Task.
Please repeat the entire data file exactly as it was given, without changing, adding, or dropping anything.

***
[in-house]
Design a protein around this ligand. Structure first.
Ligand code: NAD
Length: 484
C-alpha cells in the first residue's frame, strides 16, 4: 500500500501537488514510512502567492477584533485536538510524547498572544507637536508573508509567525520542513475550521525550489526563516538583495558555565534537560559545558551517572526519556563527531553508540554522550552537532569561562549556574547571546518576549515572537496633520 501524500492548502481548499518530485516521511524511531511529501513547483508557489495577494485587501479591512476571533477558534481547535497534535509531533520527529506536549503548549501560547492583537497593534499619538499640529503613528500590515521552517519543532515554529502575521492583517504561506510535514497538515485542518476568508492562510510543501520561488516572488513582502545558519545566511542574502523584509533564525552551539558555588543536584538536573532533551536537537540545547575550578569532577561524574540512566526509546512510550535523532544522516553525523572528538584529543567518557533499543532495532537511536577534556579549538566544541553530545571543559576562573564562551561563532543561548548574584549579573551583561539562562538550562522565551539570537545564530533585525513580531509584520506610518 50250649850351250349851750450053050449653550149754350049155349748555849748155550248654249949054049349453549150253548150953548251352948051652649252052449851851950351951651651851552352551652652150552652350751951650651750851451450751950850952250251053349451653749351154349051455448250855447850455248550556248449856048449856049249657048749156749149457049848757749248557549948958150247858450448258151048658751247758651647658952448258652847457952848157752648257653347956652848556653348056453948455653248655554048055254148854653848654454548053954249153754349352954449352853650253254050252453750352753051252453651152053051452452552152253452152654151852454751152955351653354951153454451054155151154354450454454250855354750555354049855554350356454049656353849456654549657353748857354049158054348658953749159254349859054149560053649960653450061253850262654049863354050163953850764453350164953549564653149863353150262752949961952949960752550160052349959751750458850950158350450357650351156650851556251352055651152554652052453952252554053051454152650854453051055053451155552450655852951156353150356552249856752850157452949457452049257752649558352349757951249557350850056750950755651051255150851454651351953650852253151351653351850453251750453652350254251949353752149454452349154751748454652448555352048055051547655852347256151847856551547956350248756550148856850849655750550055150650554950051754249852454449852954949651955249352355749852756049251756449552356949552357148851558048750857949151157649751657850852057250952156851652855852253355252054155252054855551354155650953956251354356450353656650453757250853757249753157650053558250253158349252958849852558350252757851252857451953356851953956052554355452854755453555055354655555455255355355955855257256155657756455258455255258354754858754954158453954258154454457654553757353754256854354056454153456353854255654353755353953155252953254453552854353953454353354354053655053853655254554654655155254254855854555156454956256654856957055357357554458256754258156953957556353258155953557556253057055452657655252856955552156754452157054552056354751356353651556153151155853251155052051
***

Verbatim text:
[in-house]
Design a protein around this ligand. Structure first.
Ligand code: NAD
Length: 484
C-alpha cells in the first residue's frame, strides 16, 4: 500500500501537488514510512502567492477584533485536538510524547498572544507637536508573508509567525520542513475550521525550489526563516538583495558555565534537560559545558551517572526519556563527531553508540554522550552537532569561562549556574547571546518576549515572537496633520 501524500492548502481548499518530485516521511524511531511529501513547483508557489495577494485587501479591512476571533477558534481547535497534535509531533520527529506536549503548549501560547492583537497593534499619538499640529503613528500590515521552517519543532515554529502575521492583517504561506510535514497538515485542518476568508492562510510543501520561488516572488513582502545558519545566511542574502523584509533564525552551539558555588543536584538536573532533551536537537540545547575550578569532577561524574540512566526509546512510550535523532544522516553525523572528538584529543567518557533499543532495532537511536577534556579549538566544541553530545571543559576562573564562551561563532543561548548574584549579573551583561539562562538550562522565551539570537545564530533585525513580531509584520506610518 50250649850351250349851750450053050449653550149754350049155349748555849748155550248654249949054049349453549150253548150953548251352948051652649252052449851851950351951651651851552352551652652150552652350751951650651750851451450751950850952250251053349451653749351154349051455448250855447850455248550556248449856048449856049249657048749156749149457049848757749248557549948958150247858450448258151048658751247758651647658952448258652847457952848157752648257653347956652848556653348056453948455653248655554048055254148854653848654454548053954249153754349352954449352853650253254050252453750352753051252453651152053051452452552152253452152654151852454751152955351653354951153454451054155151154354450454454250855354750555354049855554350356454049656353849456654549657353748857354049158054348658953749159254349859054149560053649960653450061253850262654049863354050163953850764453350164953549564653149863353150262752949961952949960752550160052349959751750458850950158350450357650351156650851556251352055651152554652052453952252554053051454152650854453051055053451155552450655852951156353150356552249856752850157452949457452049257752649558352349757951249557350850056750950755651051255150851454651351953650852253151351653351850453251750453652350254251949353752149454452349154751748454652448555352048055051547655852347256151847856551547956350248756550148856850849655750550055150650554950051754249852454449852954949651955249352355749852756049251756449552356949552357148851558048750857949151157649751657850852057250952156851652855852253355252054155252054855551354155650953956251354356450353656650453757250853757249753157650053558250253158349252958849852558350252757851252857451953356851953956052554355452854755453555055354655555455255355355955855257256155657756455258455255258354754858754954158453954258154454457654553757353754256854354056454153456353854255654353755353953155252953254453552854353953454353354354053655053853655254554654655155254254855854555156454956256654856957055357357554458256754258156953957556353258155953557556253057055452657655252856955552156754452157054552056354751356353651556153151155853251155052051